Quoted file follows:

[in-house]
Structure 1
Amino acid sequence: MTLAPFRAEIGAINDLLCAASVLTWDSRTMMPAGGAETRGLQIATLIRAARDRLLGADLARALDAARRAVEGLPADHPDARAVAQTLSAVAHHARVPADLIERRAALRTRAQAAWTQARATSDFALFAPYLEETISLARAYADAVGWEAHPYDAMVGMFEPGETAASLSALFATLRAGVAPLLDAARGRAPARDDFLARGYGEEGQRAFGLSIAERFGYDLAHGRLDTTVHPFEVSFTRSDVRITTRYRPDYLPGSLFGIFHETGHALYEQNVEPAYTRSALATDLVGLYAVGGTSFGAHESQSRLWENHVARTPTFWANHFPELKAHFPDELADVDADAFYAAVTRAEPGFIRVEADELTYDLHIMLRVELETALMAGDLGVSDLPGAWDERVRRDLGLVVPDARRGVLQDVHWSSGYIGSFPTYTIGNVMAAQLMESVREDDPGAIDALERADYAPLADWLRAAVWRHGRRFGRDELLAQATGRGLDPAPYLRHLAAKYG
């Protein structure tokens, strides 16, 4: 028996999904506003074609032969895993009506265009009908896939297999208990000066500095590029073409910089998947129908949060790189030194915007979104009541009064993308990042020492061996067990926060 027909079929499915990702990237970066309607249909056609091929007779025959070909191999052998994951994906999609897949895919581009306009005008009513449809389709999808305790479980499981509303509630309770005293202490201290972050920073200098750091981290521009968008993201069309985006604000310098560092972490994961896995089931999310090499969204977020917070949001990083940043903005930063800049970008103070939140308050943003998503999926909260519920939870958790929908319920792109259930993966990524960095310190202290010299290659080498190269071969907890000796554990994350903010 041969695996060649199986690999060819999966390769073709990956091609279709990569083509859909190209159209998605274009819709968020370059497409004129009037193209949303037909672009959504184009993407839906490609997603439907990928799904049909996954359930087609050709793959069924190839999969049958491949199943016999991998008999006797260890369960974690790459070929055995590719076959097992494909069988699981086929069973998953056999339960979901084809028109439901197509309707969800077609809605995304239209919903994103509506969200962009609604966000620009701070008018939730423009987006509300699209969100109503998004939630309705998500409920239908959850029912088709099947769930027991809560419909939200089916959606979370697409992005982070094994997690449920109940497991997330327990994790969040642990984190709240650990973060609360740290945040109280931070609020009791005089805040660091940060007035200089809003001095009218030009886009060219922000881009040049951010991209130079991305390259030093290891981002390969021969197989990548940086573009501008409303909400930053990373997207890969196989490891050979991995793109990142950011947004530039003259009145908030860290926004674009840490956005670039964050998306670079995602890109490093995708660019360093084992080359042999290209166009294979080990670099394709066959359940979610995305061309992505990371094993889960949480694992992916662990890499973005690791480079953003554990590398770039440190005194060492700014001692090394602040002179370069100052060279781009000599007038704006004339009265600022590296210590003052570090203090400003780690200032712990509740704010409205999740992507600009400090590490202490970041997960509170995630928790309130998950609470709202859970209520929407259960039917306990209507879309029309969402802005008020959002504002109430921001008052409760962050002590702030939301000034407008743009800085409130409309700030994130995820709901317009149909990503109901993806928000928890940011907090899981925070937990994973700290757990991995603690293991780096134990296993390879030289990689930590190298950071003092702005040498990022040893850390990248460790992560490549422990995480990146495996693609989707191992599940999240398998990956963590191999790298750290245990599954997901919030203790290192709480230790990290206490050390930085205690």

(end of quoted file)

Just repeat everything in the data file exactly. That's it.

[in-house]
Structure 1
Amino acid sequence: MTLAPFRAEIGAINDLLCAASVLTWDSRTMMPAGGAETRGLQIATLIRAARDRLLGADLARALDAARRAVEGLPADHPDARAVAQTLSAVAHHARVPADLIERRAALRTRAQAAWTQARATSDFALFAPYLEETISLARAYADAVGWEAHPYDAMVGMFEPGETAASLSALFATLRAGVAPLLDAARGRAPARDDFLARGYGEEGQRAFGLSIAERFGYDLAHGRLDTTVHPFEVSFTRSDVRITTRYRPDYLPGSLFGIFHETGHALYEQNVEPAYTRSALATDLVGLYAVGGTSFGAHESQSRLWENHVARTPTFWANHFPELKAHFPDELADVDADAFYAAVTRAEPGFIRVEADELTYDLHIMLRVELETALMAGDLGVSDLPGAWDERVRRDLGLVVPDARRGVLQDVHWSSGYIGSFPTYTIGNVMAAQLMESVREDDPGAIDALERADYAPLADWLRAAVWRHGRRFGRDELLAQATGRGLDPAPYLRHLAAKYG
């Protein structure tokens, strides 16, 4: 028996999904506003074609032969895993009506265009009908896939297999208990000066500095590029073409910089998947129908949060790189030194915007979104009541009064993308990042020492061996067990926060 027909079929499915990702990237970066309607249909056609091929007779025959070909191999052998994951994906999609897949895919581009306009005008009513449809389709999808305790479980499981509303509630309770005293202490201290972050920073200098750091981290521009968008993201069309985006604000310098560092972490994961896995089931999310090499969204977020917070949001990083940043903005930063800049970008103070939140308050943003998503999926909260519920939870958790929908319920792109259930993966990524960095310190202290010299290659080498190269071969907890000796554990994350903010 041969695996060649199986690999060819999966390769073709990956091609279709990569083509859909190209159209998605274009819709968020370059497409004129009037193209949303037909672009959504184009993407839906490609997603439907990928799904049909996954359930087609050709793959069924190839999969049958491949199943016999991998008999006797260890369960974690790459070929055995590719076959097992494909069988699981086929069973998953056999339960979901084809028109439901197509309707969800077609809605995304239209919903994103509506969200962009609604966000620009701070008018939730423009987006509300699209969100109503998004939630309705998500409920239908959850029912088709099947769930027991809560419909939200089916959606979370697409992005982070094994997690449920109940497991997330327990994790969040642990984190709240650990973060609360740290945040109280931070609020009791005089805040660091940060007035200089809003001095009218030009886009060219922000881009040049951010991209130079991305390259030093290891981002390969021969197989990548940086573009501008409303909400930053990373997207890969196989490891050979991995793109990142950011947004530039003259009145908030860290926004674009840490956005670039964050998306670079995602890109490093995708660019360093084992080359042999290209166009294979080990670099394709066959359940979610995305061309992505990371094993889960949480694992992916662990890499973005690791480079953003554990590398770039440190005194060492700014001692090394602040002179370069100052060279781009000599007038704006004339009265600022590296210590003052570090203090400003780690200032712990509740704010409205999740992507600009400090590490202490970041997960509170995630928790309130998950609470709202859970209520929407259960039917306990209507879309029309969402802005008020959002504002109430921001008052409760962050002590702030939301000034407008743009800085409130409309700030994130995820709901317009149909990503109901993806928000928890940011907090899981925070937990994973700290757990991995603690293991780096134990296993390879030289990689930590190298950071003092702005040498990022040893850390990248460790992560490549422990995480990146495996693609989707191992599940999240398998990956963590191999790298750290245990599954997901919030203790290192709480230790990290206490050390930085205690």